2.4. Gasification of Microalgal Residues in CO2 Atmosphere

Gasification is one way to recycle CO2, the gasifying agent in the Boudouard reaction by Equation (1). This reaction is endothermic and occurs at temperatures above 850 °C.
C+CO2→2CO ΔH0298=172 kJ/mol
Other gasification agents, such as steam or oxygen, can be incorporated. Adding oxygen to the gasification agent means the gasification reaction can be exothermic [48]. Char from, e.g., pyrolysis processes, is utilized as a carbon source in the reaction by Equation (1). The gasification process is considerably slower than pyrolysis [56]. At temperatures above 850 °C, the gasification rate depends on the mass transfer. Raising the temperature does not significantly increase the gasification rate, as the process is controlled by diffusion [57][58]. The increased pressure and partial pressure of CO2 improve the gasification process, resulting in better heat and mass transfer phenomena [58]. Increasing the CO2 concentration above 50% in gasification processes does not always increase the gasification rate [56]. The average concentration of CO2 from industry is around 14%. The gasification process is a heterogeneous reaction. Its efficiency depends on the porosity and surface area of the char. A faster exchange of reactants on the char surface is achieved by increasing the flow rate of the gasification agent. The efficiency of the gasification process is also significantly influenced by particle size. Smaller char particles offer less mass and heat movement resistance, resulting in a faster reaction. The gasification process rate is affected by the ash content in char. The rate of gasification is accelerated by the addition of Mg, Na, Fe, K, and Ca, and retarded by the inclusion of Al and Si. Charcoal properties are strongly influenced by the pyrolysis process. The reactivity of the char is dependent on the temperature, the atmosphere, the pyrolysis time, the pressure, and the particle size, with the temperature being the most critical factor. It has been observed that char reactivity in the gasification process increases with higher temperatures during the pyrolysis process [59]. Increasing the pressure during the pyrolysis process leads to less reactivity of the char [60]. Pyrolysis and gasification can occur in the same atmosphere (in situ) or another (ex situ). The gas produced by in situ gasification has better properties than that produced by ex situ gasification [61]. A literature review shows that more research has been carried out on microalgae under different conditions and with other species than on macroalgae [62]. The kinetics of the gasification process are carried out in thermobalance and fixed-bed reactors. Large-scale gasification of algae is carried out in fluidized bed reactors or high-temperature downdraft gasifiers (HTDG).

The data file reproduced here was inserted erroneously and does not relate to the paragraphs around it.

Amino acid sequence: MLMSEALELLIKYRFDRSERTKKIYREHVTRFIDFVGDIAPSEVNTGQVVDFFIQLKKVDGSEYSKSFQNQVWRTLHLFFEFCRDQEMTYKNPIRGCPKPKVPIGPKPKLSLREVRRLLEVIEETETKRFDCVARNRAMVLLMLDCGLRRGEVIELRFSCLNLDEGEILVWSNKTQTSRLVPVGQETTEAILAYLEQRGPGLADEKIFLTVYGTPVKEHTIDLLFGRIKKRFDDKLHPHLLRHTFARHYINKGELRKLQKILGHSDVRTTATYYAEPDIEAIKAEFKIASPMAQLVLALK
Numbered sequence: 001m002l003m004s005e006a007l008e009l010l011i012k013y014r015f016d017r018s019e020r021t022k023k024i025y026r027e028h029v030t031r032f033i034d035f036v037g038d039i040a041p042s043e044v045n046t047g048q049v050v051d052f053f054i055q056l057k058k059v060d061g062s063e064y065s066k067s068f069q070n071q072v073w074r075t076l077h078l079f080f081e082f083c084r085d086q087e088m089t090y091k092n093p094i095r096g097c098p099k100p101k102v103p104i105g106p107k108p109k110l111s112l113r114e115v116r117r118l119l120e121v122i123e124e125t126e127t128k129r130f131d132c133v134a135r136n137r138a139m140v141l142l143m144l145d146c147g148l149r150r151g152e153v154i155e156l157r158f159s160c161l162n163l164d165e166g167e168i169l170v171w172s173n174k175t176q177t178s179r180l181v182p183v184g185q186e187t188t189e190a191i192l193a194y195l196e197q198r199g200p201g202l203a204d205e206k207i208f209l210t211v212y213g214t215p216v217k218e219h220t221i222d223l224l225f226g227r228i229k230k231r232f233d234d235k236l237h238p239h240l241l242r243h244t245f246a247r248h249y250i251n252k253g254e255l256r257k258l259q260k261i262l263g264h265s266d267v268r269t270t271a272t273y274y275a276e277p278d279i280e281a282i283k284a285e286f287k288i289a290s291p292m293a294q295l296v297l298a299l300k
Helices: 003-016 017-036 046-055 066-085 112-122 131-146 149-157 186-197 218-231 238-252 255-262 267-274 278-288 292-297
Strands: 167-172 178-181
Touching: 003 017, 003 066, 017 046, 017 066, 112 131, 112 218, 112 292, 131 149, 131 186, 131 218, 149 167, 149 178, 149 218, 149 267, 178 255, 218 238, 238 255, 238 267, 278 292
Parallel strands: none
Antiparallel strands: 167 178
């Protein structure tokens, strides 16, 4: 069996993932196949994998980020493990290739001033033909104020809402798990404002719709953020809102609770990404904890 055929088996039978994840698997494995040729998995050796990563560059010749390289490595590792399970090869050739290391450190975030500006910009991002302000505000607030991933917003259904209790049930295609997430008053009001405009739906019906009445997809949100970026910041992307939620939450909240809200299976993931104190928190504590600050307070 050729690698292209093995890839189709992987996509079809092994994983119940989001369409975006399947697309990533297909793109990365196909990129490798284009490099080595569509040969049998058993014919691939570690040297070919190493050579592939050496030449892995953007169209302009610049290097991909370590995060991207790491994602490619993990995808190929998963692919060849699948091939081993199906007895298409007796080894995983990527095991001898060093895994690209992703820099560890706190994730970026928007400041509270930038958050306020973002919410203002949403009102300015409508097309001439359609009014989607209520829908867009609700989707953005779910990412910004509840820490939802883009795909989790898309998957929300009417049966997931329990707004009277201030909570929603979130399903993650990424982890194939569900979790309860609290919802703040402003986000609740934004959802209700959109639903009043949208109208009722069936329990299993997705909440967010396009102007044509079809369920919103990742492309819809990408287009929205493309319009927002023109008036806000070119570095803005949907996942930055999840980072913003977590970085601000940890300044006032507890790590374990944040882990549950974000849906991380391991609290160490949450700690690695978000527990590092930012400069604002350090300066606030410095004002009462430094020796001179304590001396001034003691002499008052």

Additional H2 can be obtained using the CO produced in the WGS reaction. This H2 can synthesize CH3OH, higher alcohols or DME [63]. Using CO2 as a gasification agent reduces syngas nitrogen compounds, increases calorific gas value, and lowers tar yield production [64]. Co-gasification of biomass and coal creates a synergistic effect [65]. The gasification process using CO2 is also carried out through CaO looping. The catalytic properties of CaO increase the concentration of H2 in the syngas produced by up to 10% [66].

3. Biochemical CO2-to-X Sustainability towards LCA Analysis

Generally known, climate neutrality, decarbonization, and CO2-to-X strategies deal with reaching low-carbon technologies, for which the upgrade of existing and development of novel technologies, infrastructure, and strong political and public support is needed [67]. Life cycle assessment of the product (LCA) represents an effective instrumentation tool ensuring the evaluation of technological pathways’ environmental impact in decarbonization strategies. This tool assesses the environmental footprint of carbon, determines carbon-intensive steps in the product supply chain, and highlights options for minimizing carbon emissions in the complex manufacturing process [68]. LCA analysis also helps avoid double counting, carbon leakage or greenwashing [69].